Tea with Tootli – sharing her story
Tootli Rahman is a renowned entrepreneur, fashion designer, and event planner in Bangladesh - a visionary who started many lifestyle trends in the country.
Tootli started her career nearly 35 years ago. She is the only woman in the country who has left her mark as a pioneer in numerous fields, taking the country by storm, such as garden landscaping and plant rental services. In case of wedding planning and décor, she introduced colourful designed shamianas and fairy lights made out of torch bulbs for the very first time in Bangladesh – adding a touch of glamour and fun and revolutionizing the wedding scene of Bangladesh. Tootli also introduced wrought-iron furniture and colour washed pottery for the first time, and opened the country’s first wrought-iron furniture store, Xpressions during the early 1980s. She spearheaded the International Weavers Festival, organized the first ever International Folk Festival in 2015 and was the first to organize fashion shows at Lalbagh Kella and Ahsan Manzil. She is the founder of design label ‘By Deshi’ and was the first one to experiment with fusion wear, particularly fusion weave saris in Bangladesh. Currently, she has stepped into the world of media by hosting her own talk shows Tea with Tootli and Taaza Chayer Adda, which are aired every week.
“Fashion designing is something that I love to do, always,” said Tootli Rahman. In the last 10 years, Tootli has been designing saris and shalwar kameezes with local materials, incorporating a 'deshi' style.
“For my fashion line, I am mainly promoting deshi style - nokshi katha, khadi and many more. I feel that people should know the fashion of Bangladesh. Our style is very unique and beautiful. We should let the world explore our traditional fashion as well,” she added.
Reminiscing her joyous childhood, Tootli Rahman went on to say, “The little I remember of my childhood is that my mother was an extremely beautiful woman. And she was really very creative. She used to paint, and she used to do crochet work. She also made dresses for all of us, and I was really impressed with that since my childhood. What I remember most vividly is that she used to wear a lot of taant saris, so I used to see a lot of weavers coming to our house. I didn’t know much about these weavers at that point in time, and I was really fascinated by them.”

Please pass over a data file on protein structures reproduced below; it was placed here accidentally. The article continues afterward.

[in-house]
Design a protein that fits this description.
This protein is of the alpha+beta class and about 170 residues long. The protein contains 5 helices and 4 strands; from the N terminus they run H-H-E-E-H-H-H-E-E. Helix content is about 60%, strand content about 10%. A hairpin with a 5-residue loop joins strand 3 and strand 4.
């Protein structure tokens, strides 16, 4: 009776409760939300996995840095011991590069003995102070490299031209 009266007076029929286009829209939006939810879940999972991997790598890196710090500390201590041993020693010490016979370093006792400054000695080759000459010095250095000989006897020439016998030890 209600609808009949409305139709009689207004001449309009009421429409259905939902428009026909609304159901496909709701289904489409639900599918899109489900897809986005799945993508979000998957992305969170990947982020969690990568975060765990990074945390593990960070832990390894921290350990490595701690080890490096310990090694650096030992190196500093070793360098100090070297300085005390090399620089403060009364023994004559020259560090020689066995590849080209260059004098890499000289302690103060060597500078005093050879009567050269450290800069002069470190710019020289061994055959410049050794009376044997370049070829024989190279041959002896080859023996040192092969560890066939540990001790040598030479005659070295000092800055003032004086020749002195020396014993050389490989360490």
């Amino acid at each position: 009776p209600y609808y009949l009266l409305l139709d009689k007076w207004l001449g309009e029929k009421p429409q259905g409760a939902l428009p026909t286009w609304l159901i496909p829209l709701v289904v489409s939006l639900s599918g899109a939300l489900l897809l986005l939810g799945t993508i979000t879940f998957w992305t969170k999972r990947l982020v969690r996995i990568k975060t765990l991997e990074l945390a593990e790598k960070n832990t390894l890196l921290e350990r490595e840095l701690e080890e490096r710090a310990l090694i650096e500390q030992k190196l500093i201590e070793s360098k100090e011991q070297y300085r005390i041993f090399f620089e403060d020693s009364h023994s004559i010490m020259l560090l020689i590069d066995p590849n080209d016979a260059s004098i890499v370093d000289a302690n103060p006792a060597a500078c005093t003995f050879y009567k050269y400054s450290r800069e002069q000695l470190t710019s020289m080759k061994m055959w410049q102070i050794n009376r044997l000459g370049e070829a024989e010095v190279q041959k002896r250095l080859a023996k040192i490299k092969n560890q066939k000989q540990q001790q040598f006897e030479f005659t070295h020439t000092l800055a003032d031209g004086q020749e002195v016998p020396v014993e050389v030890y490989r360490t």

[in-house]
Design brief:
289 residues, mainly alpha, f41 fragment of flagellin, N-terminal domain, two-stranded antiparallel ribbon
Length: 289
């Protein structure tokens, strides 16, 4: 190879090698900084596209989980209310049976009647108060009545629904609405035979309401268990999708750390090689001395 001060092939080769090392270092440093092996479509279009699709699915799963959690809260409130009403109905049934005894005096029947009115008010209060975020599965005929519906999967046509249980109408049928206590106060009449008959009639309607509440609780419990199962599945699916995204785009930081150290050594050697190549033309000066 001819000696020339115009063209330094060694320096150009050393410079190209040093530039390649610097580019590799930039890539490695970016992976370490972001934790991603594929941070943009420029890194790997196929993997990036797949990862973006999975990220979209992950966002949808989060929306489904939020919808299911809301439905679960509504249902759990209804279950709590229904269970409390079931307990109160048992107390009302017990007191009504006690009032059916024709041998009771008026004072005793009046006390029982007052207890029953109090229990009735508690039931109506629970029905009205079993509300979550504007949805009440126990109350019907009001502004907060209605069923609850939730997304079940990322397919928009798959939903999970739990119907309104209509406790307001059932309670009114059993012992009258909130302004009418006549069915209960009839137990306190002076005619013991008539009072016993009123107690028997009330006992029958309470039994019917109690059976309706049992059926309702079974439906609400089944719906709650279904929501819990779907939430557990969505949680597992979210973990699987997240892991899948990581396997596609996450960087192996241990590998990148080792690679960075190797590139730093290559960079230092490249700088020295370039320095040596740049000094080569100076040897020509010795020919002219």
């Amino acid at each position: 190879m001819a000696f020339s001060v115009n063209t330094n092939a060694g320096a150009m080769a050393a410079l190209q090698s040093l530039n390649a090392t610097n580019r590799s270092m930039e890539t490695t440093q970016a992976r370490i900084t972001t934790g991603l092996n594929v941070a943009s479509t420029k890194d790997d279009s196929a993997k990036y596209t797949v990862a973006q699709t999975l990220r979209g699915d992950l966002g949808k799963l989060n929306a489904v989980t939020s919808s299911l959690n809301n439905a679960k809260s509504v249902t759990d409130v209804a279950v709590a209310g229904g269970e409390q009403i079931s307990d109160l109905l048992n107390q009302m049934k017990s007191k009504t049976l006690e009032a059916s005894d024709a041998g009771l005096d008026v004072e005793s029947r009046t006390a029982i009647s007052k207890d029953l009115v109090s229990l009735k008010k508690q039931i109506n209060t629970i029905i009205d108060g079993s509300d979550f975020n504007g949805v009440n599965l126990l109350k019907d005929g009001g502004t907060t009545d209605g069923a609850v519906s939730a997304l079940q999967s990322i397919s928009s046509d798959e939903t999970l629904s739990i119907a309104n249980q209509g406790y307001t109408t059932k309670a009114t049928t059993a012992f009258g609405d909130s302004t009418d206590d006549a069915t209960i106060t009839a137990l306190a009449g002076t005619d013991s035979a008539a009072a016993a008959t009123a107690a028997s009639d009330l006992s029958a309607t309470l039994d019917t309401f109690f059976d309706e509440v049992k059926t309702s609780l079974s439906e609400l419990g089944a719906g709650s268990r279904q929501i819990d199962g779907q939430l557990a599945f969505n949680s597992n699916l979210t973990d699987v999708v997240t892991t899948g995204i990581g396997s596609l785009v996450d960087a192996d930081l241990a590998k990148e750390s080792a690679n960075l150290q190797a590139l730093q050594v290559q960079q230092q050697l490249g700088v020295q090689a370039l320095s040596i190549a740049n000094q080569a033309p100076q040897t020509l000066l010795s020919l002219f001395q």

“I was only six at the time, but I have distinct memories of running away with their saris, wearing those vibrant colours made me feel so happy. My mother would buy saris from them and wear them, along with some beli phul er mala - it looked so beautiful and I loved how each and everything was completely traditional and Bangladeshi. I’m talking about ages ago, and how elegant the women looked with a boro teep and taant er sari. That’s what inspired me to start working in this industry,” she conceded.
Her dynamic leadership qualities led her to bring together women from all walks of life, to empower and support them through her social service platforms, as the founder and initiator of organizations such as WINGS – a support group for women, Zonta Greater Dhaka, ALO – a drug awareness program and Bangladesh Heritage Crafts Foundation.
Discussing the current scene of heritage and crafts in Bangladesh, Tootli informed, “We were so proud of our crafts. We were so rich in our culture. And the artisans were so good at what they did – they still are. So why would we want to lose all that? If we don’t attempt to preserve this art form now, believe me in the next 10 years, there’ll be no crafts left to preserve. I’m so happy that we’ve formed a foundation in order to preserve these crafts.”
When we inquired a bit into what encouraged her to be involved with such massive scale events, her face beamed. “Almost five years ago, I got an offer to manage the Folk Festival; a very challenging program, helping me gain the appropriate experience and encouraging me to do a similar mega scale event in my line of labour – that is ‘deshi’ fashion,” she remarked, and then went on to inform us about the story behind its conception. “That’s also how the creative idea behind International Weavers Festival had been apprehended,” she revealed.
Through her many new endeavours, Tootli Rahman is looking to continue providing her support in initiating women empowerment programs, psycho-professional development programs, start-up support and building a bridge connecting Bangladeshi heritage and crafts with the international market. She has worked tirelessly over the years in order to uphold our traditional craft and heritage and is delighted to continue doing so.
Avenue t wanted to know more and so the designer revealed her next goal. “I want to build a heritage crafts village near the capital showcasing the unique artistry of our country, permanently. Foreigners can come to this village and enjoy authentic experiences and gain an in-depth understanding of the rich heritage and culture of our beautiful country.”